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"Art of Dying" (sometimes titled "The Art of Dying") is a song by English rock musician George Harrison from his 1970 triple album All Things Must Pass. Harrison began writing the song in 1966 while still a member of the Beatles and during a period when he had first become enamoured with Hindu-aligned spirituality and other aspects of Indian culture. The subject matter is reincarnation and the need to avoid rebirth, by limiting actions and thoughts that lead to one's soul returning in another, earthbound life form.

Harrison recorded "Art of Dying" in London shortly after the Beatles' break-up in April 1970. The song was co-produced by Phil Spector and features a hard rock arrangement. The backing musicians include Eric Clapton and the rest of the latter's short-lived band Derek and the Dominos, as well as Gary Wright, Billy Preston, Bobby Keys and Jim Price. The song has received praise from several music critics; among these, James Hunter of Rolling Stone described it as a "spookily proto-disco" performance by "a rock orchestra recorded with sensitivity and teeth and faraway mikes".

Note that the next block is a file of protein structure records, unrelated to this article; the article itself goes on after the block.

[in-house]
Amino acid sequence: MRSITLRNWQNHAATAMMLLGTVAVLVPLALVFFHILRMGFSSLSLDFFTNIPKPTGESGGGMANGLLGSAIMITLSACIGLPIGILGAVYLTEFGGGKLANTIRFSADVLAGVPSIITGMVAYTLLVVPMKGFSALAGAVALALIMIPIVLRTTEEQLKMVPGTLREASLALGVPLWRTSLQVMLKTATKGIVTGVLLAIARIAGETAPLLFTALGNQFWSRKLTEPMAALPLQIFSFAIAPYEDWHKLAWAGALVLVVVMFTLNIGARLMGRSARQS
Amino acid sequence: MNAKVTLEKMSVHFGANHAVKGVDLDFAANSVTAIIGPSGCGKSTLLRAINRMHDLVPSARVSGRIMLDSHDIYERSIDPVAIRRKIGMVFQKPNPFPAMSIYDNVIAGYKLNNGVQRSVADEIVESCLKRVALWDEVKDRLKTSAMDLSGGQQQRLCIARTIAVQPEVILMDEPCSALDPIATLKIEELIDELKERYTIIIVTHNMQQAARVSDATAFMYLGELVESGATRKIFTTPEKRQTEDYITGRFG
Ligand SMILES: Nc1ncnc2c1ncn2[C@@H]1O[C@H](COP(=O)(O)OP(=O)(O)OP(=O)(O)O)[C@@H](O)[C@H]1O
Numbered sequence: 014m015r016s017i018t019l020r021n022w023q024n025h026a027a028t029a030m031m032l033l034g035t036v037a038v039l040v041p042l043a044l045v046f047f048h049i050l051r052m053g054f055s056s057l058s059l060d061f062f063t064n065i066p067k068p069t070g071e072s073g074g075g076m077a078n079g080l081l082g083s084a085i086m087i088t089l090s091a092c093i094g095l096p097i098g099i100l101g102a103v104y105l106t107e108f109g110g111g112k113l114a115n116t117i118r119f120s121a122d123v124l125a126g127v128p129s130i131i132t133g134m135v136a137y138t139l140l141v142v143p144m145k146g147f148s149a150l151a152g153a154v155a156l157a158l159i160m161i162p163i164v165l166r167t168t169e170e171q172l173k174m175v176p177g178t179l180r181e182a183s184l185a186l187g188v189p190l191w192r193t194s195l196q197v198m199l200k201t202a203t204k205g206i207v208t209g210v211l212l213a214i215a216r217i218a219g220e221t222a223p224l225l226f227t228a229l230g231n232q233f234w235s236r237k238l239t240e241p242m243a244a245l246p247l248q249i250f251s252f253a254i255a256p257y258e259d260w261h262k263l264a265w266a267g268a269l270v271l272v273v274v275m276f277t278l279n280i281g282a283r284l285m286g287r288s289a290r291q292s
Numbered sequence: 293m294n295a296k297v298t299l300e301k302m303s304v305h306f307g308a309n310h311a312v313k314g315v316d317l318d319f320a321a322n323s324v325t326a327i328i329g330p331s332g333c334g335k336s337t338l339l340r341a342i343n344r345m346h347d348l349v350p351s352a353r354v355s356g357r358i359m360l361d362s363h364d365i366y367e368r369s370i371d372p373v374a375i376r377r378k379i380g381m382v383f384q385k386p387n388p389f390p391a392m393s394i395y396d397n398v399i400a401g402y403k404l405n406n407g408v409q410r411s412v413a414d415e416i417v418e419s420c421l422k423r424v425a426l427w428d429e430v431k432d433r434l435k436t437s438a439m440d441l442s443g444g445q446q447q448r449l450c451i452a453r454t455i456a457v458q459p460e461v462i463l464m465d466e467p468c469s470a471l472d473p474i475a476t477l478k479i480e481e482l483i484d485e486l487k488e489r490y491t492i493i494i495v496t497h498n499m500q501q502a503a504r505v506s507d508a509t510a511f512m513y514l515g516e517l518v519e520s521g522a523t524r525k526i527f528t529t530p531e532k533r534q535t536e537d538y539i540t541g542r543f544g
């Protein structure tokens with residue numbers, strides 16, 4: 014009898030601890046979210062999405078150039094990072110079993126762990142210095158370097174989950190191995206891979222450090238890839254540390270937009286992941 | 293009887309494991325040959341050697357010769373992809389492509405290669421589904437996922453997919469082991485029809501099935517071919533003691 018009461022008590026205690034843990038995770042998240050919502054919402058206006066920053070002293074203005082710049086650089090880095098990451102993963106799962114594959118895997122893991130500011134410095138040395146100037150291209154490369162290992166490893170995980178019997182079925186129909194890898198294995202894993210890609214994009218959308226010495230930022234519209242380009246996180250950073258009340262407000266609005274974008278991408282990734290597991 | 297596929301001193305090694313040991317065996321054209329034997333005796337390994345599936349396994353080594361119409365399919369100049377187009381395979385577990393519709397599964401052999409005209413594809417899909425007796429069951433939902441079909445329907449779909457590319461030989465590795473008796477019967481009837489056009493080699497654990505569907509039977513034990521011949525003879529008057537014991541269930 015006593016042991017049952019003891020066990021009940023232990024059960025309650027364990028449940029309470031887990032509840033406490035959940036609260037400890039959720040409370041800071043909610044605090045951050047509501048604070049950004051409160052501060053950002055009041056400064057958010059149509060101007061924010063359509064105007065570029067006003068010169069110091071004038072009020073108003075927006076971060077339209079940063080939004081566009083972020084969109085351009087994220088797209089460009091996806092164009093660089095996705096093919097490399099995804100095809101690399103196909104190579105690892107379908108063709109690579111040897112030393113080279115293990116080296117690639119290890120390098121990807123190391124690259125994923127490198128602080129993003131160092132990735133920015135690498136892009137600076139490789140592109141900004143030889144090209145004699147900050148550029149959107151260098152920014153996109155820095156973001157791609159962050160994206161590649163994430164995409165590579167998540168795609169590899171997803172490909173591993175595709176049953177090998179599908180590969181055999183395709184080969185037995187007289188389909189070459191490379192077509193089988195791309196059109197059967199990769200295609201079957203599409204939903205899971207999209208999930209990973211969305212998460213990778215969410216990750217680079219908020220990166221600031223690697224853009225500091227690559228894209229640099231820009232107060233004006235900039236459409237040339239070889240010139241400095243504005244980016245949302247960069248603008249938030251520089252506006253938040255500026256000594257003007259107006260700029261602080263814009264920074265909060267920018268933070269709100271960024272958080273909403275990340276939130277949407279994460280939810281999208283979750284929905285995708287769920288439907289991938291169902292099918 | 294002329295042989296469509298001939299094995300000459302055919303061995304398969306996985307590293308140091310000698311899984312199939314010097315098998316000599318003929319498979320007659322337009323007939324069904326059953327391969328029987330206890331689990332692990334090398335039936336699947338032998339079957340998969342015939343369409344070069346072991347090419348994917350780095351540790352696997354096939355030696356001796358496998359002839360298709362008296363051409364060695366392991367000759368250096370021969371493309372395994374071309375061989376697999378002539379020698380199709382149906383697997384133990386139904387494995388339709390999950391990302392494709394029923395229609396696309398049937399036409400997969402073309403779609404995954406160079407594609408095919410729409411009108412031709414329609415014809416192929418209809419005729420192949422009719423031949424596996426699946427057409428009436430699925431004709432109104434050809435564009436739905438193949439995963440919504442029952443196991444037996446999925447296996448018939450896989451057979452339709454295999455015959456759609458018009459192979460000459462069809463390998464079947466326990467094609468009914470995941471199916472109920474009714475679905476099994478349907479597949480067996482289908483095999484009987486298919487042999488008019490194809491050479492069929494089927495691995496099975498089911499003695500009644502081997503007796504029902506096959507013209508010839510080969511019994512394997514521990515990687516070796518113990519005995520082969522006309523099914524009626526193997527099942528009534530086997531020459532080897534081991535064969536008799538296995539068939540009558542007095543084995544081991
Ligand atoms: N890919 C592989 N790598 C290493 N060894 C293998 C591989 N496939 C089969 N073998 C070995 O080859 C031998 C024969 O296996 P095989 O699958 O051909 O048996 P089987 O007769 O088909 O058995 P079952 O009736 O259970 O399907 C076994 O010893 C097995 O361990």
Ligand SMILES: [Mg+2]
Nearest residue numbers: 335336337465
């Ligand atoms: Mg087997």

Since Harrison's death in November 2001, the lyrics have received further recognition as a comment on the nature of human existence. The song has been interpreted in the jazz style by American guitarist Joel Harrison and as a grunge piece by the band Black Rebel Motorcycle Club.

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